This article contains adult content.
From its modern origins in traditional French erotic postcards, antebellum American mail-order catalogs, and glamor photos of early Hollywood starlets, the "pinup" grew into an art form by World War II, when images of women were often painted onto planes and making their way into men's magazines like Playboy. The legacy of the unmistakably American genre today lives on through the art of one woman: Olivia De Berardinis, a.k.a., Olivia.
At first glance, American pinup photographs and paintings of the late 30s through World War II seem like benign, quaint relics of Americana, items that are usually appreciated for their sweet, apple-cheeked, all-American female subjects—and little else. Although the pinup often evokes a viewer's sense of nostalgia as well as appealing to individual aesthetics and sexual appetites, the importance of the American pinup exceeds its originally ephemeral nature. American pinups tell a larger story of changing dynamics in fine art: a new kind of popular culture in the US, one that created a space for commercial artists to paint the female form.
Long before Olivia, one of the most prolific pinup artists was also a woman. Zoë Mozert, the only female World War II artist to have contributed as many pinups as her male counterparts, studied under figure painting instructor Rolf Armstrong. Mozert gained some inspiration for her pinups after working as a portraitist for Hollywood starlets. Through painting the female form, Mozert and her colleagues contributed to an emerging pocket of popular culture, the erotic imagery also known as “cheesecake” and “borderline material.” By doing so, pinup artists revived a more traditional interpretation of the female form as defined by earlier European artists, while appealing to the libidos of American soldiers and raising morale during WWII. In the case of Mozert, pinups allowed a woman to participate in combat not only through sex appeal, but through artistic talent as well.
Nevertheless, pinup painting has always remained a predominantly male profession, one that seemed to reach its apotheosis with the art of Joaquin Albertos Vargas y Chavez, who created the pinup which came to be known as the “Varga Girl.” Following the war, his art began to appear in the pages of Playboy—that's where Olivia came in.
Just like Vargas, Olivia's work with the famed men's magazine helped solidify her reputation as one of the most prolific and collectible artists working in the genre to-date. For three decades, Olivia's artwork was used in various projects for Playboy, including dozens of invitations to parties at the Playboy Mansion. Beginning in 2003, she had a page in Playboy nearly every month, with captions by Hefner himself. Though she stopped creating for the magazine a few years ago, she's still the most exhibited and sought-after pinup artist working today.
But Olivia’s career began long before her work regularly appeared in Playboy. After art school in the early 70s, Olivia was making minimalist works while living in SoHo and waiting tables in the Village. In 1975, frustrated over not being able to have her art shown in galleries, she began to support herself by doing illustrations, thinking she'd come back to making her fine art later. She began making explicit drawings for adult magazines such as Club, Hustler, and Penthouse, relocating from New York to Los Angeles in 1987.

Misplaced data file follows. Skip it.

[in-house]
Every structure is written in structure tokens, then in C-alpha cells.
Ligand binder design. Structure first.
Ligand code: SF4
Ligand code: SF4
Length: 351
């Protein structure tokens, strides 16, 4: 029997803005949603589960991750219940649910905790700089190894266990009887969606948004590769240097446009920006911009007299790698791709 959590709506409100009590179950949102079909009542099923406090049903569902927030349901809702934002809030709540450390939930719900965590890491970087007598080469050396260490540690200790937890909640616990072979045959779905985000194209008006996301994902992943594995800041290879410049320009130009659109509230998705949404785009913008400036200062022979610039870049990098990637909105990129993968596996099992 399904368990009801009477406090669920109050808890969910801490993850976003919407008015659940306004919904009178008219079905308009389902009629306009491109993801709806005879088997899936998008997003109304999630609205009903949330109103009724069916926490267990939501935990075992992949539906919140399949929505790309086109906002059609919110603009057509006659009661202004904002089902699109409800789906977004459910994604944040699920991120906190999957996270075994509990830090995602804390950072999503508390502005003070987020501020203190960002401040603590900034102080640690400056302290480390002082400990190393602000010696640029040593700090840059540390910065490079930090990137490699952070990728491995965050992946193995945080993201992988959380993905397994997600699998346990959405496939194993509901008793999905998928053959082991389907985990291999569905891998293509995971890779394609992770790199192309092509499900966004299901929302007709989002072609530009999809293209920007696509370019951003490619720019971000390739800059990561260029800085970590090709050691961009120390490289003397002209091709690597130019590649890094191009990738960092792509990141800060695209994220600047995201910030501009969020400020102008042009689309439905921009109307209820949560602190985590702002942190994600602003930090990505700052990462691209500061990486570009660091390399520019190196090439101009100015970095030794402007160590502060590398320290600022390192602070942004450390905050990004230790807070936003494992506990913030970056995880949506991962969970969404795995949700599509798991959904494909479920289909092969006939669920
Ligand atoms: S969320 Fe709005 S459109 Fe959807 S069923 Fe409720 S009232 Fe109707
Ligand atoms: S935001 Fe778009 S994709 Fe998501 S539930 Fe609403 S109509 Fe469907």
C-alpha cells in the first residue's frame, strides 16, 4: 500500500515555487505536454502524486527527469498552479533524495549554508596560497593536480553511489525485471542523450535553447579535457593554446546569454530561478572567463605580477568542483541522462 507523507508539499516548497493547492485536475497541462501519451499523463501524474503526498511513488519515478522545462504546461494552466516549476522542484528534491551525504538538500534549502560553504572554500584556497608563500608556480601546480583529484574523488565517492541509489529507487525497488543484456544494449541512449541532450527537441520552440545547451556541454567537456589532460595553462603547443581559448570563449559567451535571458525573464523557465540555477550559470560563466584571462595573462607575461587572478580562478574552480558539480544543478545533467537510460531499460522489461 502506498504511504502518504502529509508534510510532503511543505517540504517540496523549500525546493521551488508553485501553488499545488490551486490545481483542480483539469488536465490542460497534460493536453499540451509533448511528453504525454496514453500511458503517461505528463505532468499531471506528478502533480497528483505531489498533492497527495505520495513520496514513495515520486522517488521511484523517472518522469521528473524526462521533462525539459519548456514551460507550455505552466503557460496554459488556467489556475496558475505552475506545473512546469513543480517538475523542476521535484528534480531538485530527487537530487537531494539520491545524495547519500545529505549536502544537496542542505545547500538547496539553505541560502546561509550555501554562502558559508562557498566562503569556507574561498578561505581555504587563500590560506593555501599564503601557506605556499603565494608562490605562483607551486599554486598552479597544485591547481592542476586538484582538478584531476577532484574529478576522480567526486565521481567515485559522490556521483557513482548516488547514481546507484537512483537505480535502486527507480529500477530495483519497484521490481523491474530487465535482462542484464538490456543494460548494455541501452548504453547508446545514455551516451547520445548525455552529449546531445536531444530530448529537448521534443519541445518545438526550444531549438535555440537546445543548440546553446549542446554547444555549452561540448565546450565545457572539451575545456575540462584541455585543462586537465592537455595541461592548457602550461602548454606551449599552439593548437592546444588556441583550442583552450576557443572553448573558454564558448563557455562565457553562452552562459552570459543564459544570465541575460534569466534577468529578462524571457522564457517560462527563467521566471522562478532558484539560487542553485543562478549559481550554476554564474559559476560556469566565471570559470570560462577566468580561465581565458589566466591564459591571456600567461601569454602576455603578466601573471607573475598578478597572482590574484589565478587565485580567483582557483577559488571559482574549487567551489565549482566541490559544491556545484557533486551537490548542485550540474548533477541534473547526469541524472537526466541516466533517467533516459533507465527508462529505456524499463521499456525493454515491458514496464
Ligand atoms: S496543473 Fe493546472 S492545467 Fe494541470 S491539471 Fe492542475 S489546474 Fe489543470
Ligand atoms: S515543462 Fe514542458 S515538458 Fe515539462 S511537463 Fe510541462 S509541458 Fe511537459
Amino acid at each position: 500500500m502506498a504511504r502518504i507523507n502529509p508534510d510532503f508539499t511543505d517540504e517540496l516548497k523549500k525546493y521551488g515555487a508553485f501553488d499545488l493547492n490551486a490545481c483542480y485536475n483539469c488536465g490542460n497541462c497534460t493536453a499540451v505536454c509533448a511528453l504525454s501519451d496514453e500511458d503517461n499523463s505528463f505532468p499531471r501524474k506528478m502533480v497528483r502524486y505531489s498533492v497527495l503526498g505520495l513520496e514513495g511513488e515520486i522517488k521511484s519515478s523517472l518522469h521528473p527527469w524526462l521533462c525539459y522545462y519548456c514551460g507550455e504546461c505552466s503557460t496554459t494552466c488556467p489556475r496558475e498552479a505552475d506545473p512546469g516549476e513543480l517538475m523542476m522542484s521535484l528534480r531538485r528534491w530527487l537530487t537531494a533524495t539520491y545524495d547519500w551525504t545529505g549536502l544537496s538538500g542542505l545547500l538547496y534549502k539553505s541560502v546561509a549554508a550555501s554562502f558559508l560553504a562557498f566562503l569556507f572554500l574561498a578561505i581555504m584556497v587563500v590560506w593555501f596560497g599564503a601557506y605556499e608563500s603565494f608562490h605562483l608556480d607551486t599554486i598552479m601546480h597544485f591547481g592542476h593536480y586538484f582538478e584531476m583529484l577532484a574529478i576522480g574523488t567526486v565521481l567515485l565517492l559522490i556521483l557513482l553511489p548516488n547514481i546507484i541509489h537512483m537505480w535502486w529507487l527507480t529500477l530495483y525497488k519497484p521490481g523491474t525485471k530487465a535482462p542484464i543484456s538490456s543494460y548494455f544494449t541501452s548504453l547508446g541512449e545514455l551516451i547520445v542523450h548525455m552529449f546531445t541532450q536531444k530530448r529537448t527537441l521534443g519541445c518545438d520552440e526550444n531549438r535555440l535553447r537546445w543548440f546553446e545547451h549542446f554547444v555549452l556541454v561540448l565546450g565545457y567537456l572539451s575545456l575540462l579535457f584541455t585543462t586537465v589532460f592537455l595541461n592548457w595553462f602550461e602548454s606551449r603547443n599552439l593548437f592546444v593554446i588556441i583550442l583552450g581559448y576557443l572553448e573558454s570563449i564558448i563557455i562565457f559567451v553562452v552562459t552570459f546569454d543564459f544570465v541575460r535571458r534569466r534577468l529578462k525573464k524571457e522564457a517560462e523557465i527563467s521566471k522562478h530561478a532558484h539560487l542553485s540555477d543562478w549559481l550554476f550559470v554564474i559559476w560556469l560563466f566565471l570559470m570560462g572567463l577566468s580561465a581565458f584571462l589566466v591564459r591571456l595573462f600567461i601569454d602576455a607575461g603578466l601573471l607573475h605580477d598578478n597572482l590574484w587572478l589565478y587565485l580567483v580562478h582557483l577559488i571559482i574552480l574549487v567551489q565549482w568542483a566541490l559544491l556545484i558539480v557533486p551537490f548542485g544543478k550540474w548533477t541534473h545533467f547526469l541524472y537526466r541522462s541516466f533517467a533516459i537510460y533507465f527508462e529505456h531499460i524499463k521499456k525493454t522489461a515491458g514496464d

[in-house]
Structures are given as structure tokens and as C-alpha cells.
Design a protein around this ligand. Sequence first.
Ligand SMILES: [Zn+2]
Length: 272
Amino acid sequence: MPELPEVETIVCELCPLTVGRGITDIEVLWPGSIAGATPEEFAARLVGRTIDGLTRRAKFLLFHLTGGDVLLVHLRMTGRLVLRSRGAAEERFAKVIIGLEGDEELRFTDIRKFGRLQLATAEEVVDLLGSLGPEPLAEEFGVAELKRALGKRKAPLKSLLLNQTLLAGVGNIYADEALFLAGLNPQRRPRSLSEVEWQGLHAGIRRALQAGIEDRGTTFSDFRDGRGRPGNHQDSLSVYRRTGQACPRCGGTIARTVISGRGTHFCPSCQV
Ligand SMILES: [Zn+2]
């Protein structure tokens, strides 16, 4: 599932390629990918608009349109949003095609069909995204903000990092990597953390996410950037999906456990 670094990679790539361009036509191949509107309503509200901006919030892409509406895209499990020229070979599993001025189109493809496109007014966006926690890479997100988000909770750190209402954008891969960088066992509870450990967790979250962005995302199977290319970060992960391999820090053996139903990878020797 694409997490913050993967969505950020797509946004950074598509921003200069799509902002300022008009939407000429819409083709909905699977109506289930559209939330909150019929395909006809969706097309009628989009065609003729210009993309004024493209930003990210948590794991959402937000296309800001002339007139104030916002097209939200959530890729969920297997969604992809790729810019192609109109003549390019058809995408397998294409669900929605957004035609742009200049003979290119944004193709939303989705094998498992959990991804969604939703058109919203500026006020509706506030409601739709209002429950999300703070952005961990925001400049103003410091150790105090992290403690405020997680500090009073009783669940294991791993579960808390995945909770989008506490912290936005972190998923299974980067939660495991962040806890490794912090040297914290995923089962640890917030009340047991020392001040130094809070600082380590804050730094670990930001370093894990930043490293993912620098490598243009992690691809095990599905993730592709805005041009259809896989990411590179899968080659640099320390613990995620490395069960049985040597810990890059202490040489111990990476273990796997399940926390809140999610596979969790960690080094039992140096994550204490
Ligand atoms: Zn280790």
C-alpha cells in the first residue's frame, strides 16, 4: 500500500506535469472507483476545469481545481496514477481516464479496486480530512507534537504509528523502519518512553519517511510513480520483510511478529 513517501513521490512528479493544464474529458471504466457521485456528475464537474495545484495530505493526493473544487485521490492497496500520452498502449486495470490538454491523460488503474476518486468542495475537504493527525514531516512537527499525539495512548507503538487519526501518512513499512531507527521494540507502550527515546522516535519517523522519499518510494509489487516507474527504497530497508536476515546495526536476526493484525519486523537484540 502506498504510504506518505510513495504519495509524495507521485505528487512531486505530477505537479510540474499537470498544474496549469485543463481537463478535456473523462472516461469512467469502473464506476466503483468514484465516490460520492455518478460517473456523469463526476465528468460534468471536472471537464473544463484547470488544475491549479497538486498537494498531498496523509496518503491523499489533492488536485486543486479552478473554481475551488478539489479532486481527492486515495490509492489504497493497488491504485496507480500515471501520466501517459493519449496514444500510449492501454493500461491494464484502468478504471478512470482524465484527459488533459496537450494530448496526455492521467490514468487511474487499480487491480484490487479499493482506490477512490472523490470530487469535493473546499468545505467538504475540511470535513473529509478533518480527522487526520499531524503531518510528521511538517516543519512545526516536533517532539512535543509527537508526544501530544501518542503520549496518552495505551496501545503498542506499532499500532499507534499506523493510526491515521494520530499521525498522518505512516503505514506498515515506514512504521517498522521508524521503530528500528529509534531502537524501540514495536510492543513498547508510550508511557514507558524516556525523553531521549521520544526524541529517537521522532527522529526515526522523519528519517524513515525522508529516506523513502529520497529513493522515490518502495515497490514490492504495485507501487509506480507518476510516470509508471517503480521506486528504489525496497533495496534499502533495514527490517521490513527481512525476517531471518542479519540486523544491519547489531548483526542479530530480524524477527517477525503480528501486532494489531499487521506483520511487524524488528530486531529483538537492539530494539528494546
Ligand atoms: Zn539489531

Since then, she's had numerous international one-woman shows. "When the fine art world was too hard to maneuver, my contrarian streak took over and [I] decided to do erotic work for men's magazines in the sexually 'liberated' world of the 70s," Olivia tells The Creators Project. "When I started working for the men's mags, I was titillated by being in a man's world. I just wasn't supposed to be there, since women weren't supposed to have a sexual appetite or express it. I was supposed to be married and be home with kids. I liked drawing aggressive, dominant women, everything that I wasn't. This was my personal rebellion. I thought I would play at this and then go back to my 'real' art. But I quickly learned it's tough to make a living as an artist and without realizing it, my path was being cemented."
Because of her gender, it's reasonable to question if this means the artist believes she's better suited at capturing the female form. "Not to diminish the breathtaking pinups that men do, it's just logical that I have a different viewpoint," Olivia responds. "Men rent; I own. Pinup is all about the wink and the nod—how's a guy gonna know exactly how that feels?"
When asked why the pinup has become such an enduring genre, Olivia answers, "The body will always be fascinating to portray. Views of what constitutes beauty constantly change, so there will always be a need for some form of pinup."
After painting professionally for 40 years, Olivia says that her favorite creations are the ones that take on lives of their own. "I see it reflected in women who walk toward me at my openings; I see it in their fashion, and as tattoos worn on their skin," Olivia explains. "The best paintings, the ones that most resonate with my fans, live on in popular culture, in movies, on ephemeral objects. I see military people hang on to these objects as symbols of life and love. People tell me they've had fun through the fantasies I portray in their sexual lives, and some had enough fun to say they made babies—a few named Olivia."
As to whether she'll ever return to making fine arts, Olivia says. "I have dreams like everyone else to be able to make relevant art. I keep working with hopes that some great revelation will happen. But as many seasoned artists have found, you have to work, constantly work, for inspiration to find you. And ultimately, the process of working becomes an end in itself."